Spa Business
2014 issue 1

View issue contents

Spa Business - Top division

Hotel spa research

Top division


PKF-HR’s latest research shows that US hotel spa revenue is growing more than other department revenue – a notable achievement. Lead researcher Andrea Foster explains why

Andrea Foster
Up-selling extra treatments and pricing has been a barrier for growth in resort spas shutterstock.com/racorn
Average revenue per treatment room a day was 2.5 times higher than the host hotel’s RevPAR shutterstock.com/Poznyakov
Payroll-related expenses (benefits) in the spa are 6.8 per cent lower than the hotel average shutterstock.com/AntonioDiaz

Due to it historical stigma as a luxurious amenity, spa revenue initially lagged behind the growth of other revenue sources of US hotels during the early recovery stages from the economic downturn. But in a significant shift, PKF Hospitality Research (PKF-HR) has found that spa revenue is now growing at a pace equal to, or greater than, most other non-guestroom amenities and services.

As the US hotel industry picks up pace – PKF-HR is predicting a 6.6 per cent increase in average RevPAR in 2014 – the future for spa departments looks even more promising. But how has the division fared so far?

Spa department revenue
The 2013 edition of Trends® in the Hotel Spa Industry, by PKF-HR, was based on 125 properties in the US. It shows that in 2012, spa department revenue increased by 5 per cent. This compares favourably to the 2.5 per cent increase in food and beverage revenue, the second largest source of revenue for most hotels. In addition, spa revenue per treatment room per day (RevPATR) averaged 2.5 times higher than the host hotels’ revenue per available guestroom (RevPAR). Not bad considering treatment rooms are typically one-third smaller in size than guest rooms.

The increase in spa department revenue in 2012 is a trend PKF Consulting anticipated as there’s been a notable move towards wellness in the US, specifically taking better care of oneself for improved health and quality of life, of which spas are an important part.

Urban vs resort
While revenue in both urban hotel (+7.2 per cent) and resort (+3.8 per cent) spas increased in 2012, each achieved their growth in different ways. Urban hotels were able to attract more guests for spa services, as well as increase prices. The net result was a very attractive 16.3 per cent per occupied [hotel guest] room (POR) increase in total spa revenue at urban hotels. Resort hotels, on the other hand, suffered a 10.8 per cent decline in total spa revenue measured on a POR basis. With occupancy levels at resorts rising by 2.4 per cent, it can be assumed that resort spa managers struggled with the pricing of services, or were unable to up-sell extra treatments to the newly captured hotel guests.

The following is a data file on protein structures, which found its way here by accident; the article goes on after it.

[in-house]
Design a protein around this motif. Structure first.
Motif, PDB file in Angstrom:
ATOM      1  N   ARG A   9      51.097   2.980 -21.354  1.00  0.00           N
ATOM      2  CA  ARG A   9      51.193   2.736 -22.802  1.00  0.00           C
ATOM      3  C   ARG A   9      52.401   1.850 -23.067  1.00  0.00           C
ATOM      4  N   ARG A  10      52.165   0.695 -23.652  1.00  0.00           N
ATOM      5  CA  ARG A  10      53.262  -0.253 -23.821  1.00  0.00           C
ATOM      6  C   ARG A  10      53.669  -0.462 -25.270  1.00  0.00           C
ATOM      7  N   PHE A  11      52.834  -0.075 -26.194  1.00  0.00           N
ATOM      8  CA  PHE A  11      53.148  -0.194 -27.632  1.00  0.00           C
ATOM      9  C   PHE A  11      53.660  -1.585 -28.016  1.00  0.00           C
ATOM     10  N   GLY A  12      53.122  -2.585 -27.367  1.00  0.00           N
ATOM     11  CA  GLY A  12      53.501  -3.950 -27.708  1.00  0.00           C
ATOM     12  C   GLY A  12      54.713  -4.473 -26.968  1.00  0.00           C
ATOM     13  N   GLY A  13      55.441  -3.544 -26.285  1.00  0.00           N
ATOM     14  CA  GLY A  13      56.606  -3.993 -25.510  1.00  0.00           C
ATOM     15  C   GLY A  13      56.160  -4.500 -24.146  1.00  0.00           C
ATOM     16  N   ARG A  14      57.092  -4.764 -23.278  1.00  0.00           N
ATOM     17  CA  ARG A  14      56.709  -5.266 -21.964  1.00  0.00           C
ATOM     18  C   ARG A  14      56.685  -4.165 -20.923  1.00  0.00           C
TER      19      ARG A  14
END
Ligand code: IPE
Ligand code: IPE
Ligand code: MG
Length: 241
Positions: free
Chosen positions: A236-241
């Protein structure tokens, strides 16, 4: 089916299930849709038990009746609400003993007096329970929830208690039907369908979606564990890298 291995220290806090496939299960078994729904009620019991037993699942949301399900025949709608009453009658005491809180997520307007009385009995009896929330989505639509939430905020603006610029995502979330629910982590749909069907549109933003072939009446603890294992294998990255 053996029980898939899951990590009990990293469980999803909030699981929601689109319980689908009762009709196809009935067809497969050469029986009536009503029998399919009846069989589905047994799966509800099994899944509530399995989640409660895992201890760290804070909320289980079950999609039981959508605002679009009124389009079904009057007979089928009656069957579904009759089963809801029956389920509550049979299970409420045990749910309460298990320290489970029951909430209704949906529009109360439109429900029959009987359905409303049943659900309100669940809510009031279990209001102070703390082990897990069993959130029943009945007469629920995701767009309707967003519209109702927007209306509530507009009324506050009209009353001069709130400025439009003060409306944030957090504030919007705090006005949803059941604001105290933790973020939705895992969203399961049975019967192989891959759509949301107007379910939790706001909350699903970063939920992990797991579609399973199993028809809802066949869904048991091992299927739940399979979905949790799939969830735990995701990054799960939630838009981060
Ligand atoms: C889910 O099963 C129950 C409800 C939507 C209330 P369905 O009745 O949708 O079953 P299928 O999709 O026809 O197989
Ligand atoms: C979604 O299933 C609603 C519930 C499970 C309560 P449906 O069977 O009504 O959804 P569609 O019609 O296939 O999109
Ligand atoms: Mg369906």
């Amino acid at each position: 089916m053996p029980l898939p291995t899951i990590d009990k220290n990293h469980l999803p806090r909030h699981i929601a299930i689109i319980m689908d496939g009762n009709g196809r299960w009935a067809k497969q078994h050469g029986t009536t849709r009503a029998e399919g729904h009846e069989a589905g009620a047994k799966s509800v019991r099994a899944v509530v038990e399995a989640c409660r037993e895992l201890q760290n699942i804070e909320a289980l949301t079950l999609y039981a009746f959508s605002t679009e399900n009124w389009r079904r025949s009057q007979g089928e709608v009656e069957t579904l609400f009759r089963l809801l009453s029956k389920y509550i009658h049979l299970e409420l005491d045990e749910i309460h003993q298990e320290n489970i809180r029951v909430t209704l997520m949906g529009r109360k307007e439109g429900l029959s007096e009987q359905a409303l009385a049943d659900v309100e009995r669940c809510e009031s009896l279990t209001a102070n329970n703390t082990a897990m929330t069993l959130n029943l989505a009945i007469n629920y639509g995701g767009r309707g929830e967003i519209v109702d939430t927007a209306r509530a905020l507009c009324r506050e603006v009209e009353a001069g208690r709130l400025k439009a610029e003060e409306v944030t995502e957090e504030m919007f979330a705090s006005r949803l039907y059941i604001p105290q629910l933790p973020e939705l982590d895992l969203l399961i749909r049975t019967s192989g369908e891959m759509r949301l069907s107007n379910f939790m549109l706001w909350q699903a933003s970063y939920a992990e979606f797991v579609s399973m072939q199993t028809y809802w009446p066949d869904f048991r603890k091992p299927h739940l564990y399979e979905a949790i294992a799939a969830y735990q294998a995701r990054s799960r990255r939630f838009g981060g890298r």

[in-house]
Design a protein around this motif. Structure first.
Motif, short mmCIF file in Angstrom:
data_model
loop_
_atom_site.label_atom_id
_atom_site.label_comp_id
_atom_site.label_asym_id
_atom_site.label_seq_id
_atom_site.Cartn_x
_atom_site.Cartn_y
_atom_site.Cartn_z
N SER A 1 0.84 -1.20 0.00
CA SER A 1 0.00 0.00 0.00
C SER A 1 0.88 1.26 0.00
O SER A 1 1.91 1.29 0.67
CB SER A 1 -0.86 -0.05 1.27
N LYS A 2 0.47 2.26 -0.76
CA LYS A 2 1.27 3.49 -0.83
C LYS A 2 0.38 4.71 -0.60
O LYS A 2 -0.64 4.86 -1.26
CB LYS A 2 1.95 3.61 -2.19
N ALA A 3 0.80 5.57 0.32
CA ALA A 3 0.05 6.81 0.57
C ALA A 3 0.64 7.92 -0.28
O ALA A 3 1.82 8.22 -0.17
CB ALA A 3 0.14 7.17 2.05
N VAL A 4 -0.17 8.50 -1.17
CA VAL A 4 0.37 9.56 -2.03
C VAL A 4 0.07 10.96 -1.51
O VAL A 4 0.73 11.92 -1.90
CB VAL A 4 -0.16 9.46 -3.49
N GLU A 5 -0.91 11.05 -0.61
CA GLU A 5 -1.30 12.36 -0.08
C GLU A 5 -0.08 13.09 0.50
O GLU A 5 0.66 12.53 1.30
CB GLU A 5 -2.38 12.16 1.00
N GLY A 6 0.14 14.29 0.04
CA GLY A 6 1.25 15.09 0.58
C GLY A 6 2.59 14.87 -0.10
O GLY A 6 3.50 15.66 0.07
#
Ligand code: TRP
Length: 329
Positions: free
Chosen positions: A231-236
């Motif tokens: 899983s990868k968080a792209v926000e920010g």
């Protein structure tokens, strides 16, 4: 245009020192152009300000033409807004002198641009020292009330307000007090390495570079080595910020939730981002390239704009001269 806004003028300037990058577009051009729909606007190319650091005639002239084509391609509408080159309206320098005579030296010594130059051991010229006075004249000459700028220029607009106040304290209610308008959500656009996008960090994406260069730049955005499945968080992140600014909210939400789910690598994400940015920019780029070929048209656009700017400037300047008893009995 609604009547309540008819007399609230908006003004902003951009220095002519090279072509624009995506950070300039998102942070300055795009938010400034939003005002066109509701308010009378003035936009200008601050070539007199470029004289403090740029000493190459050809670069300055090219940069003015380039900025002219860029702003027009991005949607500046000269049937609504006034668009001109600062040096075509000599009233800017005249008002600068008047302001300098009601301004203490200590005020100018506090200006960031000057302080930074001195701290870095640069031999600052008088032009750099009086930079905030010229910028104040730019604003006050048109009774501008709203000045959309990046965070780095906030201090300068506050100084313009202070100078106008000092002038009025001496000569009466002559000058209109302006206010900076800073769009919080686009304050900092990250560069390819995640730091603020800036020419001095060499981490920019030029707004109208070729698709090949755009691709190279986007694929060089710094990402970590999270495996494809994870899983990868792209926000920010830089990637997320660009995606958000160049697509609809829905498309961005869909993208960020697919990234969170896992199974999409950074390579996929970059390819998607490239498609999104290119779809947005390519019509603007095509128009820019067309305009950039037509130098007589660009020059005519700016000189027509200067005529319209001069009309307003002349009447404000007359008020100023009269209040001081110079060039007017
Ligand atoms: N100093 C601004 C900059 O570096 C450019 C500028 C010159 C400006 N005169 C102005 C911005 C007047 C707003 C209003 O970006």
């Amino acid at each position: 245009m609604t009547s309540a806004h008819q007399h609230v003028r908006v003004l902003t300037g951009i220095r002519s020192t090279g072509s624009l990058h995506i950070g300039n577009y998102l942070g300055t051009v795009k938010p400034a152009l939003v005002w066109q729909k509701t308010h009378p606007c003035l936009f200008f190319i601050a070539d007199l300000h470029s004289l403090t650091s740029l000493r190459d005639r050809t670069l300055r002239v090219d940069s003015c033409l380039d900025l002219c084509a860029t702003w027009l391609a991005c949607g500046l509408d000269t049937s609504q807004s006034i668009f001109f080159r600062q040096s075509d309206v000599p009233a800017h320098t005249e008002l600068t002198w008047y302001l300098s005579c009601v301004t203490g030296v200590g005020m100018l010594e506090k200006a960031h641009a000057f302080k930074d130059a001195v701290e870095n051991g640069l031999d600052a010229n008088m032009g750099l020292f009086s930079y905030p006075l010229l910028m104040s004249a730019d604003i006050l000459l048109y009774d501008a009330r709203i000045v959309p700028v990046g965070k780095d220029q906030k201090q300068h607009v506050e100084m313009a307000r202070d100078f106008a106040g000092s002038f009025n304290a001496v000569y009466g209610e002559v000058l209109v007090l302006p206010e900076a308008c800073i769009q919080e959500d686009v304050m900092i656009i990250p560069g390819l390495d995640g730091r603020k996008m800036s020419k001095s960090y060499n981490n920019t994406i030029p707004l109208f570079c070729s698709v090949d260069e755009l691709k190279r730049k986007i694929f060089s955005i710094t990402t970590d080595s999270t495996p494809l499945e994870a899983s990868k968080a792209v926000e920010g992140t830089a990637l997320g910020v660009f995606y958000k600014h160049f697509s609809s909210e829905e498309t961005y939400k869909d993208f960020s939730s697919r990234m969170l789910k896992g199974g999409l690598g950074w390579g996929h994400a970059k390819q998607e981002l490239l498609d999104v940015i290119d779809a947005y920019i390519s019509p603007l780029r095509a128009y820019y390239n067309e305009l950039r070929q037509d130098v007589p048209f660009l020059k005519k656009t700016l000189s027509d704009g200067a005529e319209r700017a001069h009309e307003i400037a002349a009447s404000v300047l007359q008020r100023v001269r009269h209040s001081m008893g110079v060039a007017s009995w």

Massage, skincare and body work treatments continue to generate the most revenue at hotel spas. Combined, these services represented 72.6 per cent of total spa revenue and grew by 4.7 per cent in 2012. While these core spa services grew in 2012, salon service revenue declined by 0.1 per cent. It’s a challenge for hotel spas to compete with local hair and nail salons on price and loyalty.

Data from the 2013 spa Trends® report indicates that hotel spas continue to seek customers from the local community to supplement revenues from guests at the property. The combined revenue from facility use and membership fees, fitness and personal training and health and wellness services, such as wellness coaching and nutritional consultations, increased by 4.6 per cent in 2012. These are revenue sources which are most frequently associated with local patrons. Consistently over the last few years, approximately two-thirds of demand at hotel spas comes from hotel guests and the remaining one-third is generated from members and local patrons.

Spa managers were also successful at increasing the purchase of spa merchandise and clothing. Retail revenue for hotel spas grew by 6.6 per cent in 2012.

Increasing expenses
While growth in revenue is certainly welcome news, the increase in business volume also carries with it an increase in expenses. Although spa revenues grew by 5 per cent in 2012, total spa department expenses rose by 5.2 per cent. Accordingly, spa department profit margins declined slightly from 21.6 per cent in 2011 to 21.4 per cent in 2012. With not as much of an increase in volume, it’s not surprising that department expenses grew less at resort hotels (+4.1 per cent) compared with urban hotels (+7.1 per cent). Like all operated departments in a hotel, total department expenses do not include overhead costs such as administration, marketing, maintenance and utilities.